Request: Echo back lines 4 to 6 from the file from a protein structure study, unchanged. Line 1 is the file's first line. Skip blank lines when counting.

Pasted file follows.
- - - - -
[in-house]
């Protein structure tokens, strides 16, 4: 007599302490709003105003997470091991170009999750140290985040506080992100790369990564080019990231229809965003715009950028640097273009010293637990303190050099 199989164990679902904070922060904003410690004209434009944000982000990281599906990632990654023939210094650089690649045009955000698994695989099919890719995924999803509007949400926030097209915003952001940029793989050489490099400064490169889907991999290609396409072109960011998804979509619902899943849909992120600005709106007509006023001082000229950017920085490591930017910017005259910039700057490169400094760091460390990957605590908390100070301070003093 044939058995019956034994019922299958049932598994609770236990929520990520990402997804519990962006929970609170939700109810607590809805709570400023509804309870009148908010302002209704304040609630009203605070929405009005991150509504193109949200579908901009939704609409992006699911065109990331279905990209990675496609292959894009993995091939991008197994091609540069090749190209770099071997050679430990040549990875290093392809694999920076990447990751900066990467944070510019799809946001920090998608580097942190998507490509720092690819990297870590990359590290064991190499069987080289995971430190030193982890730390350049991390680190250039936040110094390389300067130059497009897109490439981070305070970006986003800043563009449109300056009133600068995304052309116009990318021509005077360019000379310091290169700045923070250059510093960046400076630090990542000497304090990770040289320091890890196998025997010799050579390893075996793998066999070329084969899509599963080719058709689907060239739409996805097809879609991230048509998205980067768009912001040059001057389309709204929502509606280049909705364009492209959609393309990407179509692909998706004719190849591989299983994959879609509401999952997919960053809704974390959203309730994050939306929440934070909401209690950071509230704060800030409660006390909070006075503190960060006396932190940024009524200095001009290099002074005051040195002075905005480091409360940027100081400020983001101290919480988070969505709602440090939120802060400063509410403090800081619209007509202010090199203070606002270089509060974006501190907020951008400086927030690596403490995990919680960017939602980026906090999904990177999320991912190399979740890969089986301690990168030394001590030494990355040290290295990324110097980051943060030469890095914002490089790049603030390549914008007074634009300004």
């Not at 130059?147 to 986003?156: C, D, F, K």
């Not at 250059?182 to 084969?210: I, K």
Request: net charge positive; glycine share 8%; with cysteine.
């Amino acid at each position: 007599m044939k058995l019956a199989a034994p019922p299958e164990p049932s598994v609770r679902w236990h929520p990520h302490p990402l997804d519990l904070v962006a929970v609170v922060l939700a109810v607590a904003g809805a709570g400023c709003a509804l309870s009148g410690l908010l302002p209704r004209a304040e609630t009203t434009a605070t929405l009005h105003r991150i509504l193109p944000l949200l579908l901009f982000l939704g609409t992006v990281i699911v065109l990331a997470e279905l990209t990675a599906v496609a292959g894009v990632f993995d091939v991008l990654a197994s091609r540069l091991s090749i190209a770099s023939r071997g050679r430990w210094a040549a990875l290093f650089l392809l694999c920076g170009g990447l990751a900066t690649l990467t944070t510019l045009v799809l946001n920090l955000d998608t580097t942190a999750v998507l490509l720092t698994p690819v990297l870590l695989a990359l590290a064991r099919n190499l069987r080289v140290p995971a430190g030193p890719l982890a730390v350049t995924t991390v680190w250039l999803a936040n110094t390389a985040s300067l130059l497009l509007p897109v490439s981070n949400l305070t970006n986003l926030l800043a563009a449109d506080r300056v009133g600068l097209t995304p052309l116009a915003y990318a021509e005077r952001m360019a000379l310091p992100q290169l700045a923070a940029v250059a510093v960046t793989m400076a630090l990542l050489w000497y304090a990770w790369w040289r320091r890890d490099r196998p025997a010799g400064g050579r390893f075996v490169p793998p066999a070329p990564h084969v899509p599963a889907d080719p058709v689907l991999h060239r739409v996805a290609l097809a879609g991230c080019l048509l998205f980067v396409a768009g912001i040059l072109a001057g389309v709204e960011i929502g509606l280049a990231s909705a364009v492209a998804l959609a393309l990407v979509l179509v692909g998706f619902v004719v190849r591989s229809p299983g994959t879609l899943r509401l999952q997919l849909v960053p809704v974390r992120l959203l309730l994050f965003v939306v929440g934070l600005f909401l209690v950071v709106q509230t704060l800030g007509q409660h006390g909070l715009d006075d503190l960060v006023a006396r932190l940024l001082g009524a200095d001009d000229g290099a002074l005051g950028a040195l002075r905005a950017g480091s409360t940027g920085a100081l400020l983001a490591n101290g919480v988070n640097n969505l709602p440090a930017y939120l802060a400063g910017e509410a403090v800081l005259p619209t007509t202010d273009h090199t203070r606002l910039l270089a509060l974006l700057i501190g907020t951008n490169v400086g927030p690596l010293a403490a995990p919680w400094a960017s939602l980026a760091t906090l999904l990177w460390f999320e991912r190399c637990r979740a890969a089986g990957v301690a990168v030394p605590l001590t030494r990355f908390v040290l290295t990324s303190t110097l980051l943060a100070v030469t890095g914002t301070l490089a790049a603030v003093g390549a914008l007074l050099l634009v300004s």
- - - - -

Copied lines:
């Not at 250059?182 to 084969?210: I, K």
Request: net charge positive; glycine share 8%; with cysteine.
């Amino acid at each position: 007599m044939k058995l019956a199989a034994p019922p299958e164990p049932s598994v609770r679902w236990h929520p990520h302490p990402l997804d519990l904070v962006a929970v609170v922060l939700a109810v607590a904003g809805a709570g400023c709003a509804l309870s009148g410690l908010l302002p209704r004209a304040e609630t009203t434009a605070t929405l009005h105003r991150i509504l193109p944000l949200l579908l901009f982000l939704g609409t992006v990281i699911v065109l990331a997470e279905l990209t990675a599906v496609a292959g894009v990632f993995d091939v991008l990654a197994s091609r540069l091991s090749i190209a770099s023939r071997g050679r430990w210094a040549a990875l290093f650089l392809l694999c920076g170009g990447l990751a900066t690649l990467t944070t510019l045009v799809l946001n920090l955000d998608t580097t942190a999750v998507l490509l720092t698994p690819v990297l870590l695989a990359l590290a064991r099919n190499l069987r080289v140290p995971a430190g030193p890719l982890a730390v350049t995924t991390v680190w250039l999803a936040n110094t390389a985040s300067l130059l497009l509007p897109v490439s981070n949400l305070t970006n986003l926030l800043a563009a449109d506080r300056v009133g600068l097209t995304p052309l116009a915003y990318a021509e005077r952001m360019a000379l310091p992100q290169l700045a923070a940029v250059a510093v960046t793989m400076a630090l990542l050489w000497y304090a990770w790369w040289r320091r890890d490099r196998p025997a010799g400064g050579r390893f075996v490169p793998p066999a070329p990564h084969v899509p599963a889907d080719p058709v689907l991999h060239r739409v996805a290609l097809a879609g991230c080019l048509l998205f980067v396409a768009g912001i040059l072109a001057g389309v709204e960011i929502g509606l280049a990231s909705a364009v492209a998804l959609a393309l990407v979509l179509v692909g998706f619902v004719v190849r591989s229809p299983g994959t879609l899943r509401l999952q997919l849909v960053p809704v974390r992120l959203l309730l994050f965003v939306v929440g934070l600005f909401l209690v950071v709106q509230t704060l800030g007509q409660h006390g909070l715009d006075d503190l960060v006023a006396r932190l940024l001082g009524a200095d001009d000229g290099a002074l005051g950028a040195l002075r905005a950017g480091s409360t940027g920085a100081l400020l983001a490591n101290g919480v988070n640097n969505l709602p440090a930017y939120l802060a400063g910017e509410a403090v800081l005259p619209t007509t202010d273009h090199t203070r606002l910039l270089a509060l974006l700057i501190g907020t951008n490169v400086g927030p690596l010293a403490a995990p919680w400094a960017s939602l980026a760091t906090l999904l990177w460390f999320e991912r190399c637990r979740a890969a089986g990957v301690a990168v030394p605590l001590t030494r990355f908390v040290l290295t990324s303190t110097l980051l943060a100070v030469t890095g914002t301070l490089a790049a603030v003093g390549a914008l007074l050099l634009v300004s």